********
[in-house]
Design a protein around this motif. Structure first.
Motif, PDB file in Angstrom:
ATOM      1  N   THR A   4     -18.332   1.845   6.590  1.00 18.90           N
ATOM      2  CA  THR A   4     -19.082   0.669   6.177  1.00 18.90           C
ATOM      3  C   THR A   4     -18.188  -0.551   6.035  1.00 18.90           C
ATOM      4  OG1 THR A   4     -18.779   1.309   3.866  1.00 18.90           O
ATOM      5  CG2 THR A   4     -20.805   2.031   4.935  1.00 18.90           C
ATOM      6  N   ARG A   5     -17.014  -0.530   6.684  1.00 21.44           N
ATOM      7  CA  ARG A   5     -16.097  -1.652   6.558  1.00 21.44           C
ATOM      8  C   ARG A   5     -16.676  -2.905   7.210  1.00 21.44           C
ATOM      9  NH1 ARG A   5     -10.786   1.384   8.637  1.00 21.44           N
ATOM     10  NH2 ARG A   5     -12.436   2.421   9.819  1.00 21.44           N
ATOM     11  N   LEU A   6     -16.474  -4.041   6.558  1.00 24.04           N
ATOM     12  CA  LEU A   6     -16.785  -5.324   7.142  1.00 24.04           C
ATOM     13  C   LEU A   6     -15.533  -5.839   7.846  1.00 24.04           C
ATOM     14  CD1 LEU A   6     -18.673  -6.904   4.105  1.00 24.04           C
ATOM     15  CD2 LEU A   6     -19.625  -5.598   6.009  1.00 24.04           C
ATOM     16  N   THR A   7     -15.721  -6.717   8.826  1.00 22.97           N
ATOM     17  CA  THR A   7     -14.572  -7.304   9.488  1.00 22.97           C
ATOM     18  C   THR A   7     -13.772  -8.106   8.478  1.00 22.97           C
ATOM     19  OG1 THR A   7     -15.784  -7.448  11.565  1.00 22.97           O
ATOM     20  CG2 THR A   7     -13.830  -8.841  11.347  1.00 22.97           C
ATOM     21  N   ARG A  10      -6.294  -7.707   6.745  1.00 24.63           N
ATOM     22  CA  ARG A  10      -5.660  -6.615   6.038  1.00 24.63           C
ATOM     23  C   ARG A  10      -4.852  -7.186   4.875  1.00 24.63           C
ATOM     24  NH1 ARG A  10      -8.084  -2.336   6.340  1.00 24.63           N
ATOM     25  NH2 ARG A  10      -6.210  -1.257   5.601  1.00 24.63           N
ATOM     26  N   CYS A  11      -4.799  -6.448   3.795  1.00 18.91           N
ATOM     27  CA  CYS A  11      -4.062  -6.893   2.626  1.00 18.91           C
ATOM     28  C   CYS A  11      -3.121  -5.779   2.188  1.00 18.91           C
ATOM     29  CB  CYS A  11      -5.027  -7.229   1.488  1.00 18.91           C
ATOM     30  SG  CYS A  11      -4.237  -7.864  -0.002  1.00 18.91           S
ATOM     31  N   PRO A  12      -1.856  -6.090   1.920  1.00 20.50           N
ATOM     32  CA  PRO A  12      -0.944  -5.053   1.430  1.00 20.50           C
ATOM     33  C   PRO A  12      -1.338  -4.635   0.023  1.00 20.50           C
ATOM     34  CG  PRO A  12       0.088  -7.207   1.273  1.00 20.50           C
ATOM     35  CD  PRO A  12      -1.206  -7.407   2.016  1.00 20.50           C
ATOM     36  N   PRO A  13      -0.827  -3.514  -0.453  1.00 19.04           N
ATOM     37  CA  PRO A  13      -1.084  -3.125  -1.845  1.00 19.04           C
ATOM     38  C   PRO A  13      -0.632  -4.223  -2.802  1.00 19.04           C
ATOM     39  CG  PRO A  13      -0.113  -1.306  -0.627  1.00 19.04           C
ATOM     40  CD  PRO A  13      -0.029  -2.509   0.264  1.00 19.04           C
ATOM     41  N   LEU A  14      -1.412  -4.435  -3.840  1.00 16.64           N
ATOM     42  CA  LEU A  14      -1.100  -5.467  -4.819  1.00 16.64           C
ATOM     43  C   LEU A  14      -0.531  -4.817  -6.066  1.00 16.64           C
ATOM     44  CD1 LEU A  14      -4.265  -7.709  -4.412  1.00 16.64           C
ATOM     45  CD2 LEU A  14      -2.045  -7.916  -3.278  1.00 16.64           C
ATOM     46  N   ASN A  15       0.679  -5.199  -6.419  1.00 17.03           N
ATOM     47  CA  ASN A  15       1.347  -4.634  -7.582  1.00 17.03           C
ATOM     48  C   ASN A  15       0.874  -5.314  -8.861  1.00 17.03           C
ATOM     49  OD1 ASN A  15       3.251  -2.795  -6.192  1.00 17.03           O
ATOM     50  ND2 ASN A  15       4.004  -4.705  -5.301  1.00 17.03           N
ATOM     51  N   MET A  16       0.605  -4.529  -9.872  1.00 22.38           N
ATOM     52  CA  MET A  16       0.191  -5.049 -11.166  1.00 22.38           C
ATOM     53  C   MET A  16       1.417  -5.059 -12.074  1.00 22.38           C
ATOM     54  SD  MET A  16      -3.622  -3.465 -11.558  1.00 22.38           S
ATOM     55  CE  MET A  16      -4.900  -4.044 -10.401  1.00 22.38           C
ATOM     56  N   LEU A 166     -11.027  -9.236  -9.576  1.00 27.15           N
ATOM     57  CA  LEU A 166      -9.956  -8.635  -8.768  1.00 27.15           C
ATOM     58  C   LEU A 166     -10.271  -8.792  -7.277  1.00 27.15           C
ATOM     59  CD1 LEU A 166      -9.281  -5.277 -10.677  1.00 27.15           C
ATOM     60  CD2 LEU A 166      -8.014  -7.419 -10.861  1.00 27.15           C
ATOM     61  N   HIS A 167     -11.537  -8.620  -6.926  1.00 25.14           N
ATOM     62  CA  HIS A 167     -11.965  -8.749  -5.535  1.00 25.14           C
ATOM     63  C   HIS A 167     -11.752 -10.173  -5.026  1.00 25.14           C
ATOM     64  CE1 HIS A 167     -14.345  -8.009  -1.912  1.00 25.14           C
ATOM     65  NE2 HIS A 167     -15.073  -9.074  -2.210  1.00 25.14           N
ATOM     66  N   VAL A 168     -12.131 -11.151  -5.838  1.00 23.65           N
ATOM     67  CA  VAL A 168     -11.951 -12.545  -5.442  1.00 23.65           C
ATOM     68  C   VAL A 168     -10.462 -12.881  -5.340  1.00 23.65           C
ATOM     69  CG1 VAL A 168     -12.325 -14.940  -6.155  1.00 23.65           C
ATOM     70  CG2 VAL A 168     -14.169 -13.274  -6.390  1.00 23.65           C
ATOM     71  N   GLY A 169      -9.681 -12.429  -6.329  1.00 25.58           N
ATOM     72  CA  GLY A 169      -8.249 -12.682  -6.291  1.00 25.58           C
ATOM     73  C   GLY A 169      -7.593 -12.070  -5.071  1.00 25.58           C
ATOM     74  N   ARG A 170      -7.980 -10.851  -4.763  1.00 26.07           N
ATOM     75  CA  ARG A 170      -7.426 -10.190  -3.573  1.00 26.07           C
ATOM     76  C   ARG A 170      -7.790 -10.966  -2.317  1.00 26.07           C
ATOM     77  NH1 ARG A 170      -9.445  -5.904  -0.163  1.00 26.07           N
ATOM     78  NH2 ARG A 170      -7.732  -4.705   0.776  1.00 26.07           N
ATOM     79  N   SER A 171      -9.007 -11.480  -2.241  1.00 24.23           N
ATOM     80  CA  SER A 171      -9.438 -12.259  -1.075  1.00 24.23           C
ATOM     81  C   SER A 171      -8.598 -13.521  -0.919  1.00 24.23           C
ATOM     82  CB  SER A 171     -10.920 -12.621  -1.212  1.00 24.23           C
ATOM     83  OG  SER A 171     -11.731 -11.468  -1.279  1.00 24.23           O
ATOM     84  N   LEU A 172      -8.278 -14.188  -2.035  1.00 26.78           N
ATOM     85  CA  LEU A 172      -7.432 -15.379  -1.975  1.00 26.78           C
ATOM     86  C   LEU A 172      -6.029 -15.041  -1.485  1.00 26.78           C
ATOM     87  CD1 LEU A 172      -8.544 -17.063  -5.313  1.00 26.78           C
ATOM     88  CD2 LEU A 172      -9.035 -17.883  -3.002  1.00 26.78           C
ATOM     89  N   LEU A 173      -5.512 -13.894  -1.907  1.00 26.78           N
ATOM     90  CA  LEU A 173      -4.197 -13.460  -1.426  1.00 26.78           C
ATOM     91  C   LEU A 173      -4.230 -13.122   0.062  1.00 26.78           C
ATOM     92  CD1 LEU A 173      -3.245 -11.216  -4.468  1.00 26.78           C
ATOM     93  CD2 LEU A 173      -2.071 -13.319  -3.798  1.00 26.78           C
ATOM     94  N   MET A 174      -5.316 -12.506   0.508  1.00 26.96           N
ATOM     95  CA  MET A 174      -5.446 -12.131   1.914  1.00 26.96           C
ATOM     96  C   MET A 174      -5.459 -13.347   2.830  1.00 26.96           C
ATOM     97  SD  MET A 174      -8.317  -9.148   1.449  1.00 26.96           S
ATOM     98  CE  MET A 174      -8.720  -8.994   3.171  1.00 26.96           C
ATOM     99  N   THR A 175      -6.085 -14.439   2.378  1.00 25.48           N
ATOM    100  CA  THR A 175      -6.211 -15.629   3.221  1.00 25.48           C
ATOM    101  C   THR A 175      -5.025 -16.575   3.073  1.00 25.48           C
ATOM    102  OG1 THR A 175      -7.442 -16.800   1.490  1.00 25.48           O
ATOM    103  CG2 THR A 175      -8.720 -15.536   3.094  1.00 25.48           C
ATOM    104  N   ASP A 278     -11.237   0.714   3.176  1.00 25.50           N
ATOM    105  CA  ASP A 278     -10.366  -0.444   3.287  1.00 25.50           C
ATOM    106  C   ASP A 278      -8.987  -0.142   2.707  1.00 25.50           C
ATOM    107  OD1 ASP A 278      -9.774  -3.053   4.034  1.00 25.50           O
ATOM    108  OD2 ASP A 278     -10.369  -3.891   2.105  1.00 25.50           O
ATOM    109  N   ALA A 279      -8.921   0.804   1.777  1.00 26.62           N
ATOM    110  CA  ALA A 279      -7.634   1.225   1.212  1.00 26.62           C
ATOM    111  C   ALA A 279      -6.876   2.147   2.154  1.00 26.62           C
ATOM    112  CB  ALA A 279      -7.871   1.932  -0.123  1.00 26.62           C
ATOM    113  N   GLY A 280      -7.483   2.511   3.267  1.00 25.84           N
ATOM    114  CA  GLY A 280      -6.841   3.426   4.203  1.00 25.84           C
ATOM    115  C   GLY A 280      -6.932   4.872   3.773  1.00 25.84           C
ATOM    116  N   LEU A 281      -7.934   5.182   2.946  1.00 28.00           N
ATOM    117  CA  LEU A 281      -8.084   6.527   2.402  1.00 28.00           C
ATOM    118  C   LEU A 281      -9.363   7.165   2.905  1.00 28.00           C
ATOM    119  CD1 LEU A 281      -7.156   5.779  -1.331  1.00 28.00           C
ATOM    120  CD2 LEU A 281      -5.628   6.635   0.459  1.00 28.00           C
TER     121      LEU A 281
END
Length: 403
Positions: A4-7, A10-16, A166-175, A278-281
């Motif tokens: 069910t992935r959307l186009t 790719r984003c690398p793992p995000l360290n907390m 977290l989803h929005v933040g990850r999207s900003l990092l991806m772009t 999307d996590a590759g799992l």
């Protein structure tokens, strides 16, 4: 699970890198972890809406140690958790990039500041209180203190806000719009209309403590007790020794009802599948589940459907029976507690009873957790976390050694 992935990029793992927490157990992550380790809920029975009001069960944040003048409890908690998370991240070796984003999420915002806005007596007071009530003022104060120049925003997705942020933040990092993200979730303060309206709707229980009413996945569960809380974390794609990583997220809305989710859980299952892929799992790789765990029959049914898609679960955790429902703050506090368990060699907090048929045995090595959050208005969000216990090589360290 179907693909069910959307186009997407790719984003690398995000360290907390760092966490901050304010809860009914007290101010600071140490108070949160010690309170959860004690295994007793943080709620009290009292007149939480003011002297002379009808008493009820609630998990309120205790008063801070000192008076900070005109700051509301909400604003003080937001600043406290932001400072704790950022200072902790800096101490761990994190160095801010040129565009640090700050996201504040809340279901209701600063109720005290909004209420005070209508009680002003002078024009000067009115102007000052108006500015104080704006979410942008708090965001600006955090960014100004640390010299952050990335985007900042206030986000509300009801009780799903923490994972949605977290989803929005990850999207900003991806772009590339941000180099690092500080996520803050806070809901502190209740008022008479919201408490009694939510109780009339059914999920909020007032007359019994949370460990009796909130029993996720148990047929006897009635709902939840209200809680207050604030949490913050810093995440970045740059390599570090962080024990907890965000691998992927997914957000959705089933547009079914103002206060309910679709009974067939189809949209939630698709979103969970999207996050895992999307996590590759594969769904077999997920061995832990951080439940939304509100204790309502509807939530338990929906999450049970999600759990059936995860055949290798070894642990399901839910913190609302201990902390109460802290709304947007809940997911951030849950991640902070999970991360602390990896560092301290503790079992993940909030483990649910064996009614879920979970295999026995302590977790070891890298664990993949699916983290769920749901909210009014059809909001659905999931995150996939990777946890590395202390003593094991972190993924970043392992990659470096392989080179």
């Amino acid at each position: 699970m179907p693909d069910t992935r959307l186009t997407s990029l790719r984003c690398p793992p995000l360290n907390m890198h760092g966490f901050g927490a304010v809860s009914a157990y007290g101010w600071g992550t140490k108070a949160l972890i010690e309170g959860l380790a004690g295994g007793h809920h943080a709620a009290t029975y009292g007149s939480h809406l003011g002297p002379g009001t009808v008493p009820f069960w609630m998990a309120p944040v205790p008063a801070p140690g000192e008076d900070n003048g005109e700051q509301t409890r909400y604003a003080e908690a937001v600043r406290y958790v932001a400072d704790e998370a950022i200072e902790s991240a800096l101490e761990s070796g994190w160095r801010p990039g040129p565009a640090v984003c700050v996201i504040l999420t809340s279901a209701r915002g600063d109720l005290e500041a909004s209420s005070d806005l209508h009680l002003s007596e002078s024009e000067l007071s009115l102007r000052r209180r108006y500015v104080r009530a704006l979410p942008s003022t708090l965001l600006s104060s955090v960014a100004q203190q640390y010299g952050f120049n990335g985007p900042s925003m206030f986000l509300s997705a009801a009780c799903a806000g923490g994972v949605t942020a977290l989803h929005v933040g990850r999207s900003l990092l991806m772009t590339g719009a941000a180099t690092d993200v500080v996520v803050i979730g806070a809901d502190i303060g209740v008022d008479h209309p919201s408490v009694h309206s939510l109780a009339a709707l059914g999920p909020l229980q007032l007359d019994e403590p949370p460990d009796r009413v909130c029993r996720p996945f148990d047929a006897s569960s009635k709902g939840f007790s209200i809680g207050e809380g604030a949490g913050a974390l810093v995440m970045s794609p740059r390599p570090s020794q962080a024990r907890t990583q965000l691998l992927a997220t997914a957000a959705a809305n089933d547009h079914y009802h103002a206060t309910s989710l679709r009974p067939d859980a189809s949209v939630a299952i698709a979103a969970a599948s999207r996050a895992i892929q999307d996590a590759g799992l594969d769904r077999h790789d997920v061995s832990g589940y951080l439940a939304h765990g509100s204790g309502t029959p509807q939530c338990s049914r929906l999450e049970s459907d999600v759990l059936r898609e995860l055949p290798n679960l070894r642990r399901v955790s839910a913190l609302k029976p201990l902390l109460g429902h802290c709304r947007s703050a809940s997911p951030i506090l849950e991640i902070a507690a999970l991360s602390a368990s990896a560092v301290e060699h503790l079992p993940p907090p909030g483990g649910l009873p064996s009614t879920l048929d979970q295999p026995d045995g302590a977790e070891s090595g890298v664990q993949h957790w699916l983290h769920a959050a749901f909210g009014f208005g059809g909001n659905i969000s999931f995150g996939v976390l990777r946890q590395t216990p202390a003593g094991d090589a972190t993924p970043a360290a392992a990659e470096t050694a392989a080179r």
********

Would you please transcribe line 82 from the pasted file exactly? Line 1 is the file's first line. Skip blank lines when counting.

ATOM     79  N   SER A 171      -9.007 -11.480  -2.241  1.00 24.23           N